ST. IGNATIUS — As a beautifully restored portrait of Chief Kootenai Koostata was revealed by curator Joe Abbrescia Thursday afternoon at the Three Chiefs Cultural Center outside St. Ignatius, a collective gasp could be heard from the gathered crowd .
The oil painting, which was damaged in the September 2020 arson attack at the Confederate Salish and Kootenai People’s Center in Pablo, looked like new, with a beautiful new frame. It has been over a year since the fire and nine months since the paint restoration process began.
“It’s an honor for me to be able to do this, to be a guy who can save them and give them new life…it’s someone’s legacy as an artist,” Abbrescia said Thursday. .
Much was taken and damaged on that dark day in September, but the resilience of the community and the tremendous individual efforts of program director Marie Torosian, and several others, helped bring some pieces back to life.
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Eight paintings from the fire were restored and returned to tribes on Thursday, including several large ones that hung in the People’s Center rotunda. More than a dozen other parts could not be restored.
“All the years we’ve had students and schools and groups they’ve been part of us and they’ve been part of us through the fire too and through the loss and the devastation and the healing too they’ve been there for us,” Torosian said.
Some of the paintings will likely hang at the Tri-Chief Cultural Center in St. Ignatius, Torosian said. The People’s Center building was badly damaged by the fire and is currently unusable.
The restoration continues on the beading as well as on the paper and the photographic negatives. A Colorado specialist is currently working on document and photo restoration.
A drum and other artifacts were also cleaned, albeit slowly – a museum conservator noted that saliva had been used to clean a drum, and at times the cleaning of the beads was bead by bead.
“Everything comes with a story that relates to who made them and who wore them and who wore them before and now they have this story about how they survived the fire,” Torosian said.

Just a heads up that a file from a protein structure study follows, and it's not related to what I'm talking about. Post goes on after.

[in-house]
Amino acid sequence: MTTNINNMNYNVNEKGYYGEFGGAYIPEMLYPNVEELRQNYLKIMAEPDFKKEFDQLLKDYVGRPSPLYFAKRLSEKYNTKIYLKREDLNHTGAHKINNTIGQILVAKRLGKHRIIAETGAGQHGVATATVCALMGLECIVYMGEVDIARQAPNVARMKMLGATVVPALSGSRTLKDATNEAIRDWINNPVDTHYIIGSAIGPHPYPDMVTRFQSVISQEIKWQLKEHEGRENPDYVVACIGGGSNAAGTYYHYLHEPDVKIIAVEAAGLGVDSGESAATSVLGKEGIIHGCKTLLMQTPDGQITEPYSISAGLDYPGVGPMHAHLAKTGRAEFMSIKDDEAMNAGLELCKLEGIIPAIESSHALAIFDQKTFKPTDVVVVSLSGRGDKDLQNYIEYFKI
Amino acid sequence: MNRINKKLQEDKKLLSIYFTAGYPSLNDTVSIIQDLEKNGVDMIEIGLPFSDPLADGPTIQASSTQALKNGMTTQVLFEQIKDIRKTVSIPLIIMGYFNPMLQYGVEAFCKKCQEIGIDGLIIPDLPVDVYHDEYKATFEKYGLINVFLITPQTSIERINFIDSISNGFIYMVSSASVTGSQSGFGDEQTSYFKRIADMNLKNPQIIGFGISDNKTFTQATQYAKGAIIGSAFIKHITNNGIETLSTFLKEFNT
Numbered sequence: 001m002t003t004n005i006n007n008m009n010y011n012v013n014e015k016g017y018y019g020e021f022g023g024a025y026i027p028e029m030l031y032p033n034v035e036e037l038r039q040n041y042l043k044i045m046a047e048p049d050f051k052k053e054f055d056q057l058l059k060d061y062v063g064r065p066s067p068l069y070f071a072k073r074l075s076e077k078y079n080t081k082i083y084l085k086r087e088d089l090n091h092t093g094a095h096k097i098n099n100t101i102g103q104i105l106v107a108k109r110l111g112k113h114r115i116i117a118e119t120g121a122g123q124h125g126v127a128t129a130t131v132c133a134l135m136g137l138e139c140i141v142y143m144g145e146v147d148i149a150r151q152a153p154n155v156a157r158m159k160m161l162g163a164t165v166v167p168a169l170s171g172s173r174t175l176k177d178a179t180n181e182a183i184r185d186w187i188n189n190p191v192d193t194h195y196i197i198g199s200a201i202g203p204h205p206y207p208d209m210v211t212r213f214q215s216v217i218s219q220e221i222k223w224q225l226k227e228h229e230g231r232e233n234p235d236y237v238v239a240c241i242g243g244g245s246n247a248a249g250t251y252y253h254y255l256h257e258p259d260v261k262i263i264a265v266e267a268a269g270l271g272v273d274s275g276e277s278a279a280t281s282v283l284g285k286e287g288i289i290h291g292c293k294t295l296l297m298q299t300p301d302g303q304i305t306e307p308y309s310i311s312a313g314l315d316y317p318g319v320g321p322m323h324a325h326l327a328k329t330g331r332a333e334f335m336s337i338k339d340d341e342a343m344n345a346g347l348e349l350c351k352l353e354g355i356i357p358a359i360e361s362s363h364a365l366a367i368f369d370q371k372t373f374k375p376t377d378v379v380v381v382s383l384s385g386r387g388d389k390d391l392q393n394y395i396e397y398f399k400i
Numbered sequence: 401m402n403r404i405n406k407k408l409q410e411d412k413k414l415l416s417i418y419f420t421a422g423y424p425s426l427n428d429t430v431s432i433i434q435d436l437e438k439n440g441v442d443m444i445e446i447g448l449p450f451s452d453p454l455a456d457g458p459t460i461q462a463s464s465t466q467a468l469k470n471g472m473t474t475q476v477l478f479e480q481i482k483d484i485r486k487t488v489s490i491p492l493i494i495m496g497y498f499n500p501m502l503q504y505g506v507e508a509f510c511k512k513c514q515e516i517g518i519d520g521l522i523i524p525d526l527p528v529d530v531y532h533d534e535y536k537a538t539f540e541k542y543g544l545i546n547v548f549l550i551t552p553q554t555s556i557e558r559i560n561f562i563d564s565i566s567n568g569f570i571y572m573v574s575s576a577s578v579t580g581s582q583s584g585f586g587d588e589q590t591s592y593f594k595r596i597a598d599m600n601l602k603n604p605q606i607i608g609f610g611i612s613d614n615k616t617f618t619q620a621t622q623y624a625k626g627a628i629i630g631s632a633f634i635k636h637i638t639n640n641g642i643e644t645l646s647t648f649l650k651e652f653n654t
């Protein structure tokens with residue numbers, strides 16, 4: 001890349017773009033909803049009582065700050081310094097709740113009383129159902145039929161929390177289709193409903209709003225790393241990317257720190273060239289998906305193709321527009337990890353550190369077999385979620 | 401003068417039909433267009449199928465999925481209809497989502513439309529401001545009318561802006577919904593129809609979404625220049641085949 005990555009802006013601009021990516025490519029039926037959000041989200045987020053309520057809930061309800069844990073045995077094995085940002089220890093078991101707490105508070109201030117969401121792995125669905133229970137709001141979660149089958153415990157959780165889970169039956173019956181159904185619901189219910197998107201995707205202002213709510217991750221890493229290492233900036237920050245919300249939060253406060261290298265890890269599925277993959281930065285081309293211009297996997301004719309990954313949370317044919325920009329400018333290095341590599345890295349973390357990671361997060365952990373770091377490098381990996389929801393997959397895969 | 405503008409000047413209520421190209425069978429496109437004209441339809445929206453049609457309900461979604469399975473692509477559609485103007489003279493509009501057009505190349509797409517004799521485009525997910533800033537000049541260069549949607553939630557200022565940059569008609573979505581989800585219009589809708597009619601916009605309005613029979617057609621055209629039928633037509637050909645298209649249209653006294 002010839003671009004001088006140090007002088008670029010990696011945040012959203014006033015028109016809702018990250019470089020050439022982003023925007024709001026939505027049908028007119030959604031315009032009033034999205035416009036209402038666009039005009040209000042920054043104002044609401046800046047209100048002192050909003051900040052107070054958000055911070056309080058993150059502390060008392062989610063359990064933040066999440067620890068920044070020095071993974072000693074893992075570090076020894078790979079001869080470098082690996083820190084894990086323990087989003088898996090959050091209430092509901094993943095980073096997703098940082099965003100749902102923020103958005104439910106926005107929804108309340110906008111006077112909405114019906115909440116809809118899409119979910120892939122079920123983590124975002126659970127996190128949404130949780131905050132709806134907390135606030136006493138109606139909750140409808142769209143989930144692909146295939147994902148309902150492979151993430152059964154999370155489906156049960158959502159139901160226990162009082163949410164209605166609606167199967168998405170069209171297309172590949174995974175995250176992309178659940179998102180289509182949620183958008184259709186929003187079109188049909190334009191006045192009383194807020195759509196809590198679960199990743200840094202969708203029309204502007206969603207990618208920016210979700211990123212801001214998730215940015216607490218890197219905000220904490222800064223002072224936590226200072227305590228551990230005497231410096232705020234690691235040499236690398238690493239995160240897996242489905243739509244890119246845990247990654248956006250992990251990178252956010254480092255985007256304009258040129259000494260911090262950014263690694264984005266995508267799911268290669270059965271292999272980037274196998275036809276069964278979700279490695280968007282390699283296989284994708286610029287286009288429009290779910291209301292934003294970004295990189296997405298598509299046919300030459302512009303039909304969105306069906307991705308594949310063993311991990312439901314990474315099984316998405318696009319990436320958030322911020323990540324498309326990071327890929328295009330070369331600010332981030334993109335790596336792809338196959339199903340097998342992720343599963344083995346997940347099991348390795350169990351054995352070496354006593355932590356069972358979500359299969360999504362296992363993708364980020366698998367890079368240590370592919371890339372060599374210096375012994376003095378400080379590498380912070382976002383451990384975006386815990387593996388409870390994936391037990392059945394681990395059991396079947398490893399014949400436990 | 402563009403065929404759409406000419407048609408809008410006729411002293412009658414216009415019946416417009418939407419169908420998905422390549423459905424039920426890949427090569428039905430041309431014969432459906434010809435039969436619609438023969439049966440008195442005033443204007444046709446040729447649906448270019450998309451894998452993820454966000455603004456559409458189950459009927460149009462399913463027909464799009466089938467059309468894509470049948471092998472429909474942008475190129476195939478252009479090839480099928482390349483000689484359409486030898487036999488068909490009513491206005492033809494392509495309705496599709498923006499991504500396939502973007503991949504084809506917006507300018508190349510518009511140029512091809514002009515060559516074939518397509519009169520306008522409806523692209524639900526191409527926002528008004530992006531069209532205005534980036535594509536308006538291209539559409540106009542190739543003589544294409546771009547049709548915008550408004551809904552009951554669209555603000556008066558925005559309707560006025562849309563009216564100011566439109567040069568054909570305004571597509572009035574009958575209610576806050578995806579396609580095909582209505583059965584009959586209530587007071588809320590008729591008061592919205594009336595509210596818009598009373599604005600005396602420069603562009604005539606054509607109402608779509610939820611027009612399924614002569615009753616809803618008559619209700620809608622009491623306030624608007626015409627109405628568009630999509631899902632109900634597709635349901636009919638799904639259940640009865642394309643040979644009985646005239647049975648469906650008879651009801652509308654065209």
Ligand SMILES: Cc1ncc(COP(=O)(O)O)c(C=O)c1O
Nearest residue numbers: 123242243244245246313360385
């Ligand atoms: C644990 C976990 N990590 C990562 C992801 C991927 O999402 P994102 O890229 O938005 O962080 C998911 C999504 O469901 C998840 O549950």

Abbrescia, who has worked full time in art restoration for over two decades, lives and works in Kalispell and gave a detailed explanation of the process used to restore damaged paintings. Paintings are first tested along the edges to see if they can be restored – sometimes there isn’t much a restorer can do that won’t further damage the painting.
The process of restoring the paintings was complex and time-consuming. Abbrescia uses a wand with a cotton ball on the end to slowly clean the paintings, sometimes only doing one square centimeter at a time.
The paints also had to be stored in a specific way and ventilated to eliminate the smell of smoke and soot. New brackets were installed on all restored parts.
Insurance money and grants helped pay for the restoration, Torosian said. Abbrescia stressed that paint restoration is not for amateurs and parts could be damaged forever if careful and expert care is not used.
“If I can keep something from going in the trash, that means a lot,” Abbrescia said.
Community support for the museum and the restoration process has been significant. Torosian said on the day of the fire and immediately after, hundreds of community members came out and volunteered.
At one point, locals lined up at the People’s Center passing artifacts to each other through the door. Work is still underway to catalog everything that may have been both saved and lost in the fire.
“I can’t begin to say thank you enough to everyone,” Torosian said.
Jordan Hansen covers news and local government for Missoulian. Shout out to him on Twitter @jordyhansen or email him at Jordan.Hansen@Missoulian.com